The budget and debt fight isn’t quite over, but Nevada lawmakers are already naming their next challenge immigration reform.
“People complain about the deficit? How about we do immigration?” Senate Majority Leader Harry Reid, D-Nev., said Wednesday night, immediately following the Senate’s 81 to 18 vote to pass the budget and debt deal. “I look forward to the next venture, making sure we get immigration done.”
Reid isn’t the only member of the Nevada delegation laying down the gauntlet on immigration. So did Rep. Mark Amodei, R-Nev. — even before he’d had a chance to vote on the debt and budget measure.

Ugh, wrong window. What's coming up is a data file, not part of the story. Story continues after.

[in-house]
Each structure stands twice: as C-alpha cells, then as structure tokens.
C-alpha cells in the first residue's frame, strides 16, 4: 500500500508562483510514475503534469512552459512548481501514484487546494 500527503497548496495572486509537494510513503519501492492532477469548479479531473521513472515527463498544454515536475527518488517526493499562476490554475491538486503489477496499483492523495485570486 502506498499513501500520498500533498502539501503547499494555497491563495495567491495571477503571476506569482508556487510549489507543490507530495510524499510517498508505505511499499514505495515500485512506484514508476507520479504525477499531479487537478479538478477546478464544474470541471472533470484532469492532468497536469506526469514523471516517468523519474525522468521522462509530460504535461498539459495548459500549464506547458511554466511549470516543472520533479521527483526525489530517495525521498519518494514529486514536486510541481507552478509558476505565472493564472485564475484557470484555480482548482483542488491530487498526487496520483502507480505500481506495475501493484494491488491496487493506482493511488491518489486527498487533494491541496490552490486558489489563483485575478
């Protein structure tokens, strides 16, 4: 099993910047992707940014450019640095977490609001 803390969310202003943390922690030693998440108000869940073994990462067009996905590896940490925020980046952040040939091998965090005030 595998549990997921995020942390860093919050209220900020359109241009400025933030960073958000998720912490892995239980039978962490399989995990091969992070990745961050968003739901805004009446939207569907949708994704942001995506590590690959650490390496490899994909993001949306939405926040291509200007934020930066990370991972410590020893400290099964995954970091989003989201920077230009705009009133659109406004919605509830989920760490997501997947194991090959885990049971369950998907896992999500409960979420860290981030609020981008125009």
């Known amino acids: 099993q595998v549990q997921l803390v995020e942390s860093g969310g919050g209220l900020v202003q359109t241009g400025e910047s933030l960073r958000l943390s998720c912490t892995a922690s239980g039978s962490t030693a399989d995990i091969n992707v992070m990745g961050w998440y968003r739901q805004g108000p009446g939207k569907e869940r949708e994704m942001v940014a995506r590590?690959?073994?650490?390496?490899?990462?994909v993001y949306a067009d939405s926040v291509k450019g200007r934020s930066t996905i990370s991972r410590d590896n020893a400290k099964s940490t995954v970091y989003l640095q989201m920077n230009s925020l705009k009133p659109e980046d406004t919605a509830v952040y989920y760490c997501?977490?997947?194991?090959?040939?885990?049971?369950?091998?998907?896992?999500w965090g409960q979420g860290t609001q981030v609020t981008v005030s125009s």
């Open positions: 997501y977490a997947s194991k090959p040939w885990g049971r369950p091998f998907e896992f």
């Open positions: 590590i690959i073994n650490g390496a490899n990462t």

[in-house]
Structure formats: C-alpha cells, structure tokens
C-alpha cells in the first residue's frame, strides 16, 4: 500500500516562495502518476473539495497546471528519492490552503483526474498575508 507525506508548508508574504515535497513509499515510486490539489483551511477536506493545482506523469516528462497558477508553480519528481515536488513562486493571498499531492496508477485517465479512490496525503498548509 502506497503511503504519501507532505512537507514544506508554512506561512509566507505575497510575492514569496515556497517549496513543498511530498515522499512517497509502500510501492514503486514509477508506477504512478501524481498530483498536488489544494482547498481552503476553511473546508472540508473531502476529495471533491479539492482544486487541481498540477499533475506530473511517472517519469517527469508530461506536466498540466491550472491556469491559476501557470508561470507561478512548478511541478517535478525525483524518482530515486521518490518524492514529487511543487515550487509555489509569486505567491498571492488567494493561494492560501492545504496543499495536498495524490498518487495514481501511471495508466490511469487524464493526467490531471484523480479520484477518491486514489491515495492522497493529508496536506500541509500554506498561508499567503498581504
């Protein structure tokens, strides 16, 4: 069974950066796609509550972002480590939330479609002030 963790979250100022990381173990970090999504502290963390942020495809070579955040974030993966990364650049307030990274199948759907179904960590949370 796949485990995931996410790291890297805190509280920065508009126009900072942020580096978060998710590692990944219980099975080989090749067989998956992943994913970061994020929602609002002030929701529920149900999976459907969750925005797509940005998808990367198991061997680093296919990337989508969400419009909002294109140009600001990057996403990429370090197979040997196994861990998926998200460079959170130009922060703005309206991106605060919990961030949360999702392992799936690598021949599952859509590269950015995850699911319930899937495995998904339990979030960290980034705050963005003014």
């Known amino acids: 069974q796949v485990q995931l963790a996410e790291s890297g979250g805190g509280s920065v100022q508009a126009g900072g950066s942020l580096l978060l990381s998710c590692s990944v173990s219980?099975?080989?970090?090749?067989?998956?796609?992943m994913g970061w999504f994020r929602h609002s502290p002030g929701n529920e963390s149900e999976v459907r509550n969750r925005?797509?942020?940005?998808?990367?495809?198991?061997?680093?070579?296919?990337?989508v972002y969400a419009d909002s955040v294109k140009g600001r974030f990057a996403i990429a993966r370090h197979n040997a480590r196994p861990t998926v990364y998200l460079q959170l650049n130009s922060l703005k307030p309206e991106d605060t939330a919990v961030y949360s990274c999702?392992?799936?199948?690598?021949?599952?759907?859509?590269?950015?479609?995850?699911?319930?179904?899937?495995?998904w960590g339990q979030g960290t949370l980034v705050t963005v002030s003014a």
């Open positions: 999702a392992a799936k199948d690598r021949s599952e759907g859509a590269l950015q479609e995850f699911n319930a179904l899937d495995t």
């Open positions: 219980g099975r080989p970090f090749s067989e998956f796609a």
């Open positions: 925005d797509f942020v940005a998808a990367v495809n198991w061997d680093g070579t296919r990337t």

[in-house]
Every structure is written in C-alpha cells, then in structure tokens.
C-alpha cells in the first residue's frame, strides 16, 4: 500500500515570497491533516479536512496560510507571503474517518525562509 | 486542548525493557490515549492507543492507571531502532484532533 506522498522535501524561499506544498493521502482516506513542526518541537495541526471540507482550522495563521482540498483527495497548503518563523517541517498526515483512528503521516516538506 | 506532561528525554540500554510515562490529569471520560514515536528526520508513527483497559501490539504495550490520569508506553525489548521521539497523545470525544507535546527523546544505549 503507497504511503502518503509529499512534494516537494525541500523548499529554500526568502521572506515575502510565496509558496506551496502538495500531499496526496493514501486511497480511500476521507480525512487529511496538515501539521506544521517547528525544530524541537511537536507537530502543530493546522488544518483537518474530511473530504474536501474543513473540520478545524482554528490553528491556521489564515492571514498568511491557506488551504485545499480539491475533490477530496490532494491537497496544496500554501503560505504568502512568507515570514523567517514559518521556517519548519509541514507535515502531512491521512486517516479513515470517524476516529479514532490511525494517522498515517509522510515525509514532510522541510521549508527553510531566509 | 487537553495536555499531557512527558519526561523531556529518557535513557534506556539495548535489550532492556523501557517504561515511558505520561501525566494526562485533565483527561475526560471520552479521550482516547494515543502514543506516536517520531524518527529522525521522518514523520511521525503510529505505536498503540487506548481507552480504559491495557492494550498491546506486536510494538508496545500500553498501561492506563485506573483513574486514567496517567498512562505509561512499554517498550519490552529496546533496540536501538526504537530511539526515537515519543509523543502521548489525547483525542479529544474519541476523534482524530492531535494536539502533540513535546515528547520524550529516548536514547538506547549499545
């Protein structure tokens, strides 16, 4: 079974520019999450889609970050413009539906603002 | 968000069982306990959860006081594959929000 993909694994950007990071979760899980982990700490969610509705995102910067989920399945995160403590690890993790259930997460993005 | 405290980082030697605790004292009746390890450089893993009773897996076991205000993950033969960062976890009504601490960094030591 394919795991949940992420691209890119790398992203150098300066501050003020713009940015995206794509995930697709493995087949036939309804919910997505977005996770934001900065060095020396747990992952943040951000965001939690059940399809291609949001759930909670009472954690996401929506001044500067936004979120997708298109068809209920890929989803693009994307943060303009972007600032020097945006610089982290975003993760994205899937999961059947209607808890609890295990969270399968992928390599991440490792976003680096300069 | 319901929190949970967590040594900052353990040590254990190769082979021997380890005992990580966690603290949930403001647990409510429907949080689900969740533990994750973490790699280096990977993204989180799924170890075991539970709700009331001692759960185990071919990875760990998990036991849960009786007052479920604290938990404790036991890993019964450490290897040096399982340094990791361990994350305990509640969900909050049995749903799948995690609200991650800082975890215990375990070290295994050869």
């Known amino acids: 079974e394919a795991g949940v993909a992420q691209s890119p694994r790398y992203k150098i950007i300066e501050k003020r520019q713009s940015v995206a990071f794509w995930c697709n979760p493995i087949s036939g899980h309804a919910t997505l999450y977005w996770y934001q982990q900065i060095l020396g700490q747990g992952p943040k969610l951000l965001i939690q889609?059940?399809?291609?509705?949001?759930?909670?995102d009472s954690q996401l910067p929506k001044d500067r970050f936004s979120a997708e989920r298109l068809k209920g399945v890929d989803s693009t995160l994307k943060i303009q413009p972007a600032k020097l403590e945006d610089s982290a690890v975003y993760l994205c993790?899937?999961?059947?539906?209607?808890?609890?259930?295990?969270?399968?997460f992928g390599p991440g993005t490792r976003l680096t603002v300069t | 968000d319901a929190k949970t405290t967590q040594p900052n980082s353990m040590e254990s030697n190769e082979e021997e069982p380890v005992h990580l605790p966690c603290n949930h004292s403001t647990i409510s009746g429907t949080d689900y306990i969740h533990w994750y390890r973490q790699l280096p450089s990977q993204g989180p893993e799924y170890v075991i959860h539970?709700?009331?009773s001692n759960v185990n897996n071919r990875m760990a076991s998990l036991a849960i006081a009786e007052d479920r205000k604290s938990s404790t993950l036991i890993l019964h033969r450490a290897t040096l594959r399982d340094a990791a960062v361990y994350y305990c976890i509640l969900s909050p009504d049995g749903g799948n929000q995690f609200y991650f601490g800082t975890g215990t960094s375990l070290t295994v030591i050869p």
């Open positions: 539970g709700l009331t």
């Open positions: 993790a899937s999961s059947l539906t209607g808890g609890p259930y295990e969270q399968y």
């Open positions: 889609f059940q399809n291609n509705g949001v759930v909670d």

“For the House to have credibility, they have got to start moving stuff to the floor,” Amodei told the Sun, expressing his frustration with the pace of immigration reform in the House of Representatives. “Nothing is hard to advocate for.”
Amodei and Heck have both said they intend to introduce pieces of legislation addressing pathways to citizenship for immigrants who are now living in the United States without legal authorization.
The Senate passed a comprehensive immigration reform bill last June by a vote of 68 to 32. The House has been considering a series of measures in its Judiciary and Homeland Security committees, but has yet to vote on a package of immigration measures on the House floor.